Understanding Slowly Changing Dimensions: Types and Differences

11/14/20232 min read

red and blue lights from tower steel wool photography
red and blue lights from tower steel wool photography


Slowly Changing Dimensions (SCDs) are an essential concept in data warehousing and business intelligence. They refer to the way data changes and evolves over time in a database or data warehouse. In this blog post, we will explore the different types of SCDs and discuss their differences, providing a comprehensive understanding of this crucial data management concept.

What are Slowly Changing Dimensions?

Slowly Changing Dimensions are dimensions in a data warehouse that capture and store historical data, allowing for analysis and reporting on how data changes over time. They are particularly useful when dealing with data that evolves slowly, such as customer information, product details, or employee records.

Types of Slowly Changing Dimensions

Type 1: Overwrite

In Type 1 SCD, the old data is simply overwritten with the new data. This means that historical information is lost, and only the most recent values are retained. Type 1 SCD is suitable when historical data is not critical and only the current values matter. For example, if you are tracking the current address of customers, you may choose to use Type 1 SCD.

Type 2: Add New Row

Type 2 SCD maintains a separate row for each change in data, effectively creating a new version of the record. This approach allows for historical analysis and tracking changes over time. Each row contains a valid time range, indicating when the data was active. Type 2 SCD is commonly used when preserving historical data is important, such as tracking employee positions or product pricing.

Type 3: Add New Column

Type 3 SCD adds new columns to the existing row to store the changed values. This means that only a limited history can be maintained, typically capturing only the previous and current values. Type 3 SCD is useful when tracking a small number of changes and when historical analysis requires only the most recent changes. For example, if you want to keep track of the last two addresses of customers, you can use Type 3 SCD.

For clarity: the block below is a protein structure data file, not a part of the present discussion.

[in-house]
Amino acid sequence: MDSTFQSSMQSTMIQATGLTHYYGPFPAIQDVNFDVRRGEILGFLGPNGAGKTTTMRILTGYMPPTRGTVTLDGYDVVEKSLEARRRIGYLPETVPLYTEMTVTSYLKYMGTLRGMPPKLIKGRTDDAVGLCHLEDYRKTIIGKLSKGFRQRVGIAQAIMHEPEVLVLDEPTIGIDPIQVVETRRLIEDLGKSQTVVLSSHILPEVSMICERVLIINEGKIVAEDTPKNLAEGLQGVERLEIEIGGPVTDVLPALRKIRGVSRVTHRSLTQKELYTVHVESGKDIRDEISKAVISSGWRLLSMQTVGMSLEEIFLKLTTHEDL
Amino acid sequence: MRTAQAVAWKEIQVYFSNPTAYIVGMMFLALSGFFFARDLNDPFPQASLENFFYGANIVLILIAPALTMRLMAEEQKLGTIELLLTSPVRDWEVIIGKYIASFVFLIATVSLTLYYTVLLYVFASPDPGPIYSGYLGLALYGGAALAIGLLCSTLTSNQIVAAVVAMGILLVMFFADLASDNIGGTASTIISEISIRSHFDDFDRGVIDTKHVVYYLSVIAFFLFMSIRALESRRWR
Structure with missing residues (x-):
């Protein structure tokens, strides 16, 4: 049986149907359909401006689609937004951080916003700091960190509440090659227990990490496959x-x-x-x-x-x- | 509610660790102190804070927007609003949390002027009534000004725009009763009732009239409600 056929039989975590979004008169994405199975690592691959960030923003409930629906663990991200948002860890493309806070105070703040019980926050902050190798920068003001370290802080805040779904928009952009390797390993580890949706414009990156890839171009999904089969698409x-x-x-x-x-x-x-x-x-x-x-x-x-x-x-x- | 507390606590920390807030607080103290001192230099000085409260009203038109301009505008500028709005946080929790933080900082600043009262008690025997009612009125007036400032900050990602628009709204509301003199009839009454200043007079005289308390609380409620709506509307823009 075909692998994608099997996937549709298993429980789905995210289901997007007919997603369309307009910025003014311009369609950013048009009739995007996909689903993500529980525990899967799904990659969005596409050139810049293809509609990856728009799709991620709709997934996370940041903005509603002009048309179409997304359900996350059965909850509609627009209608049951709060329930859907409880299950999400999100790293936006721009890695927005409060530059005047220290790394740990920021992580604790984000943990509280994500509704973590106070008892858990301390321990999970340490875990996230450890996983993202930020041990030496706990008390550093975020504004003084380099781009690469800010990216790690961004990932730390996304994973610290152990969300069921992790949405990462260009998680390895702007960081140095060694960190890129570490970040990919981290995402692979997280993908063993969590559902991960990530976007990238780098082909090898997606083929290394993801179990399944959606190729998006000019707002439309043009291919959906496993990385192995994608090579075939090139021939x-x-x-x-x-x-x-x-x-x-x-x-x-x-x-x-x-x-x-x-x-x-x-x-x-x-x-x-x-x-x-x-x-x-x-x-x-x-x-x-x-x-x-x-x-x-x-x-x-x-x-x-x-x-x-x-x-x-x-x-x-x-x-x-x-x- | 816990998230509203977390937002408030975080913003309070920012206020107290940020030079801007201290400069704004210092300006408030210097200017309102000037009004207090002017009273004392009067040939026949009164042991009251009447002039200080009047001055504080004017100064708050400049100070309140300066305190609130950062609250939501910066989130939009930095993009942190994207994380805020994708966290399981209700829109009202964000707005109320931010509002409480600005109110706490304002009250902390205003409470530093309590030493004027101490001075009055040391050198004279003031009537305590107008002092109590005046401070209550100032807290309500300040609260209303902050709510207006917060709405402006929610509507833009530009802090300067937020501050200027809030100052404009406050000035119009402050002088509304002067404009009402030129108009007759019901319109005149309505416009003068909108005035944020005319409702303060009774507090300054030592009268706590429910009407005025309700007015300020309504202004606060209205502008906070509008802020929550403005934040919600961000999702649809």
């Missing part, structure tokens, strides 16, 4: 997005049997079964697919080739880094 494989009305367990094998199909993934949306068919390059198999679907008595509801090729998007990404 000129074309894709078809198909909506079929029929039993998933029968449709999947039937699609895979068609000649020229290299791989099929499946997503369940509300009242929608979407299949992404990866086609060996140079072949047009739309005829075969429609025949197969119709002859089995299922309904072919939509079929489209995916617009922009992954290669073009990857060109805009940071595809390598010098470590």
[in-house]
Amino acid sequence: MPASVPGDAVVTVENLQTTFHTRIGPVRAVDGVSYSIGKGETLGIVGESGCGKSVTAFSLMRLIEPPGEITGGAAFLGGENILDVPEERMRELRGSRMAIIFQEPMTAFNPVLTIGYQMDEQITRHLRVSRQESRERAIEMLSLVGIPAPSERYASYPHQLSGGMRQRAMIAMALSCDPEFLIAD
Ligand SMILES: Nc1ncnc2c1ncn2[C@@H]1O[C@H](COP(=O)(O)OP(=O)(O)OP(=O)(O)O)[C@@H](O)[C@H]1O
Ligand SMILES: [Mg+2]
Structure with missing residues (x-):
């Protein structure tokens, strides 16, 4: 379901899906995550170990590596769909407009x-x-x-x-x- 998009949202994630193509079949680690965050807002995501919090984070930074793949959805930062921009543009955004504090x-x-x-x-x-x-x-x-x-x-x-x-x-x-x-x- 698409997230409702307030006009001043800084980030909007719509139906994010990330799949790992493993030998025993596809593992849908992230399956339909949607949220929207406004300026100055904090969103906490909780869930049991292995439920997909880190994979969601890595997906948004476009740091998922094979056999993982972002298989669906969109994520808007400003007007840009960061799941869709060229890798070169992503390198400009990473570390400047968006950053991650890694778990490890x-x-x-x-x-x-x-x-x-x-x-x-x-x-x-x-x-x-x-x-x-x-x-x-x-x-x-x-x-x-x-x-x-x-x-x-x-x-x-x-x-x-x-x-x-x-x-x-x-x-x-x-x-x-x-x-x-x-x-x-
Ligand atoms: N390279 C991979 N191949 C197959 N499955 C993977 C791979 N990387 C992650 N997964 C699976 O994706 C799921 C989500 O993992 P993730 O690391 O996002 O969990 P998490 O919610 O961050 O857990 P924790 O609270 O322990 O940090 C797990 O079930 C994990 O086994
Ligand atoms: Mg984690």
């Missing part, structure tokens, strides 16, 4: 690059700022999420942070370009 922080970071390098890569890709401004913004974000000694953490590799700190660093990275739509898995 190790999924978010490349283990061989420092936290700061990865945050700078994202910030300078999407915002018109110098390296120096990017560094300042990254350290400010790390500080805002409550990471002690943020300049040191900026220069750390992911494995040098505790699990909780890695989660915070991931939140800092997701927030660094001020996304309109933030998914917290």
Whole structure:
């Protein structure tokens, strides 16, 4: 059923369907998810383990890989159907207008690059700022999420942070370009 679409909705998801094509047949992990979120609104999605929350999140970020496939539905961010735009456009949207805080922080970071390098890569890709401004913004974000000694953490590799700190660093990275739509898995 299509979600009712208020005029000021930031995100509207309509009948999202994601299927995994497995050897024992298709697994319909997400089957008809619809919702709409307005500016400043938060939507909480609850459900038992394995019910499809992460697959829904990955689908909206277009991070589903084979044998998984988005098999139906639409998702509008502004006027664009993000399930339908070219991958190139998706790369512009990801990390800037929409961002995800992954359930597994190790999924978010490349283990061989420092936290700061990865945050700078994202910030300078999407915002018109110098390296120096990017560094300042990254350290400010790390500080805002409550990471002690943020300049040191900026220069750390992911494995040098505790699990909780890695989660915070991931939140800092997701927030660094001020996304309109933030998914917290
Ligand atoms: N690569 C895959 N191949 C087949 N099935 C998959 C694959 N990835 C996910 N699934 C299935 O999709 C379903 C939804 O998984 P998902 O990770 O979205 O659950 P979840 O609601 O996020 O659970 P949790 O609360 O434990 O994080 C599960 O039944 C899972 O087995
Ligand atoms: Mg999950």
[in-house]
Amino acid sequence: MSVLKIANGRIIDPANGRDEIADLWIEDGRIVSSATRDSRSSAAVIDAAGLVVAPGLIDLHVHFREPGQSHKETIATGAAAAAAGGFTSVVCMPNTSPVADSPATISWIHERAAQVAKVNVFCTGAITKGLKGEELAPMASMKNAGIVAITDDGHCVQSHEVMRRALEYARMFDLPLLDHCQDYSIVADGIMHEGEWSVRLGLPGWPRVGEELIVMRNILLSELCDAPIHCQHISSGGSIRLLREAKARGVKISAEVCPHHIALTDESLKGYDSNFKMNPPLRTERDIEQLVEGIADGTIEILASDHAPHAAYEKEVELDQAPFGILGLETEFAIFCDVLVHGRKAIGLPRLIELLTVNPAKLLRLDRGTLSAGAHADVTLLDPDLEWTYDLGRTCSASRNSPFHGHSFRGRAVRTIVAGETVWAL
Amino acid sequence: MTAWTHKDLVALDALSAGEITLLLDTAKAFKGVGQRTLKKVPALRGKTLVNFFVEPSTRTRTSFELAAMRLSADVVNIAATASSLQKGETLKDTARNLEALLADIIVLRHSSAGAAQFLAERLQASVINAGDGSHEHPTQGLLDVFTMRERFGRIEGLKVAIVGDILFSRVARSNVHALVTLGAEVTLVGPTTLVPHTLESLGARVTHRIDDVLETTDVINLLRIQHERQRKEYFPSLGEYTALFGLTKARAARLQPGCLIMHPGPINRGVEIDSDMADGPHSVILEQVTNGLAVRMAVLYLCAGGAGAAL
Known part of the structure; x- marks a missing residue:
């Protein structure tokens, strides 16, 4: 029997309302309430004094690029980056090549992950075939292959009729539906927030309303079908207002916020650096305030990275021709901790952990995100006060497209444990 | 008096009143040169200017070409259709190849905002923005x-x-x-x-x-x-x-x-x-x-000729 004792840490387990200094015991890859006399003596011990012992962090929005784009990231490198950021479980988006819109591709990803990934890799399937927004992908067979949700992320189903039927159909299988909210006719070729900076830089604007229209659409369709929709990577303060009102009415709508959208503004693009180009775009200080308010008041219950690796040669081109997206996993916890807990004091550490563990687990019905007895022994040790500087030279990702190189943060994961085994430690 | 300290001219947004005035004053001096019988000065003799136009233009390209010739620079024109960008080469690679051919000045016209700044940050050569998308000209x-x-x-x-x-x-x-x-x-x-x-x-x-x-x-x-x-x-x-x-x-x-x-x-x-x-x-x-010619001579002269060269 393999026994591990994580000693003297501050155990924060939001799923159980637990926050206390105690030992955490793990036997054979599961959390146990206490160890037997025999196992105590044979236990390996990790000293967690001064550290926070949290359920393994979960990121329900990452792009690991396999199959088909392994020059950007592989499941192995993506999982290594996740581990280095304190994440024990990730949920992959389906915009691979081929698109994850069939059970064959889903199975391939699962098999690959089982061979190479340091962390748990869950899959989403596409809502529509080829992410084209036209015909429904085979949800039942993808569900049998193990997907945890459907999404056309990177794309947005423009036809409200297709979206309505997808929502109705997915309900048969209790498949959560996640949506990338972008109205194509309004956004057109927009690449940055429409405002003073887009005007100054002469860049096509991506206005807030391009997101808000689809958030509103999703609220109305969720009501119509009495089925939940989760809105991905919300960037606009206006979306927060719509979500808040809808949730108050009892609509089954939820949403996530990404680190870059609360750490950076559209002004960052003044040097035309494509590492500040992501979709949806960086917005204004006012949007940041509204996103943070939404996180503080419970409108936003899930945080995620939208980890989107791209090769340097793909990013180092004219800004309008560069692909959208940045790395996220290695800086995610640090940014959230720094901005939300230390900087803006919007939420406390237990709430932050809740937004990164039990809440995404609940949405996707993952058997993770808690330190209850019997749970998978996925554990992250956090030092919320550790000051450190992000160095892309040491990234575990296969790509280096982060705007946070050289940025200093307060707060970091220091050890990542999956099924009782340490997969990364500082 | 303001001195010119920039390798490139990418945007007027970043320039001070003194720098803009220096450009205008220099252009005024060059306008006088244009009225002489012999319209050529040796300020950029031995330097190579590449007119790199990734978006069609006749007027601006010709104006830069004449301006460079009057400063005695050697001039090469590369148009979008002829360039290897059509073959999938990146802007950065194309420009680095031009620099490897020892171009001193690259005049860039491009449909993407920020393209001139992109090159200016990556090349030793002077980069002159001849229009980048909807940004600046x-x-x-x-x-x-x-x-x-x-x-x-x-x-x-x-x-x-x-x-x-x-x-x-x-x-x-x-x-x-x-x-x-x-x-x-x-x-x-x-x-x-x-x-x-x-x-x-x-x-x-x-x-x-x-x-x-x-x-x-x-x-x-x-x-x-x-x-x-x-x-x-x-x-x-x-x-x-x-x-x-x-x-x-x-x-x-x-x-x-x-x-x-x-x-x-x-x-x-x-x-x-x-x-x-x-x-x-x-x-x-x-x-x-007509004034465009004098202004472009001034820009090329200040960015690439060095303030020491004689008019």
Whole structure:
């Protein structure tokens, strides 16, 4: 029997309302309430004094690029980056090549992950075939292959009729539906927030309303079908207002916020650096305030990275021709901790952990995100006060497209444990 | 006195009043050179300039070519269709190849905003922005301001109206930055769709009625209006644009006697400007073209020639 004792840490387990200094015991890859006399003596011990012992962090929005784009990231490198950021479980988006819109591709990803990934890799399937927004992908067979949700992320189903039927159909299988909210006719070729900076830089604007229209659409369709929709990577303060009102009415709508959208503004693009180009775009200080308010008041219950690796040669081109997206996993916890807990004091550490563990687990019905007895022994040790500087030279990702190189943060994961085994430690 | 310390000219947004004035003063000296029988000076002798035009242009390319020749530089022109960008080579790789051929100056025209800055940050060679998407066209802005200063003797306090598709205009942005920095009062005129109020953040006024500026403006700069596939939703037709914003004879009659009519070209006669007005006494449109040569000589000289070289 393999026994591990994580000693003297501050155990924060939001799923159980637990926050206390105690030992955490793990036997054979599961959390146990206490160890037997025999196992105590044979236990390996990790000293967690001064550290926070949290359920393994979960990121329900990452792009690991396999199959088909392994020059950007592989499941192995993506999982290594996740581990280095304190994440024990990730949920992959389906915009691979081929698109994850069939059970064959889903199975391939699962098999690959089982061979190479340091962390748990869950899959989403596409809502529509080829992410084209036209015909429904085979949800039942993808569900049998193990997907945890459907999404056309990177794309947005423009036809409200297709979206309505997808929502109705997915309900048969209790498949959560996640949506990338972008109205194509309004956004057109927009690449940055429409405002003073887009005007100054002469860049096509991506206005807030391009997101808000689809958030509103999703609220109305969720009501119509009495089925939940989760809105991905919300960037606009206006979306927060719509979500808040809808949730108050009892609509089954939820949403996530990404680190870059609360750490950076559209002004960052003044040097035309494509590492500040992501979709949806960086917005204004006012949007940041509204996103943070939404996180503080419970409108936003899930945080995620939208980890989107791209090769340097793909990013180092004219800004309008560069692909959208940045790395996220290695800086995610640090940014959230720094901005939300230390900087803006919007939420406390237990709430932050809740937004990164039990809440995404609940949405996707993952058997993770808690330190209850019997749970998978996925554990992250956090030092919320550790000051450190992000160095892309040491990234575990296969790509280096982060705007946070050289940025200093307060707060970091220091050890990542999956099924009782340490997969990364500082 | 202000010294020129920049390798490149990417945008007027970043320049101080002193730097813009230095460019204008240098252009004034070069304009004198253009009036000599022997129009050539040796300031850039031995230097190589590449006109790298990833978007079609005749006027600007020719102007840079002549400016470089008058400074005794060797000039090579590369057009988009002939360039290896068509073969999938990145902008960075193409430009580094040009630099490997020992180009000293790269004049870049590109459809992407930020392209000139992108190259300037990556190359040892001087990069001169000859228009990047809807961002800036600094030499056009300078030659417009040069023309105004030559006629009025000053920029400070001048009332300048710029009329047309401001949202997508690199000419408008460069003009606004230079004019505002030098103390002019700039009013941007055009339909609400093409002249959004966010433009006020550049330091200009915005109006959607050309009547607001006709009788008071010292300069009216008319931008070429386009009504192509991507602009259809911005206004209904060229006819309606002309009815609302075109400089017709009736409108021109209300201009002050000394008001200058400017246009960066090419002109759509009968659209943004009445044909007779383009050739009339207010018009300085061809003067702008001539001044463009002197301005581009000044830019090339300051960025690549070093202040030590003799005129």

Type 4: Hybrid Approach

Type 4 SCD is a hybrid approach that combines elements of both Type 1 and Type 2 SCD. It maintains a separate table to store historical data, while also overwriting the original row with the most recent changes. This approach allows for efficient querying of the current data while preserving historical records for analysis. Type 4 SCD is suitable when you need to balance performance and historical analysis.

Differences between Slowly Changing Dimensions

Each type of Slowly Changing Dimension has its own advantages and use cases. Here are the key differences between the types:

  • Type 1 SCD overwrites old data with new data, losing historical information.

  • Type 2 SCD creates a new row for each change, maintaining a complete history.

  • Type 3 SCD adds new columns to store changed values, capturing limited historical data.

  • Type 4 SCD combines a separate historical table with overwriting for efficient querying and historical analysis.


Slowly Changing Dimensions are crucial for capturing and managing historical data in data warehousing and business intelligence. By understanding the different types of SCDs and their differences, organizations can make informed decisions on how to store and analyze evolving data. Whether it's overwriting, adding new rows, columns, or a hybrid approach, the choice of SCD type depends on the specific requirements and goals of the data analysis project.

Remember, choosing the right SCD type is essential for accurate reporting, trend analysis, and gaining valuable insights from historical data.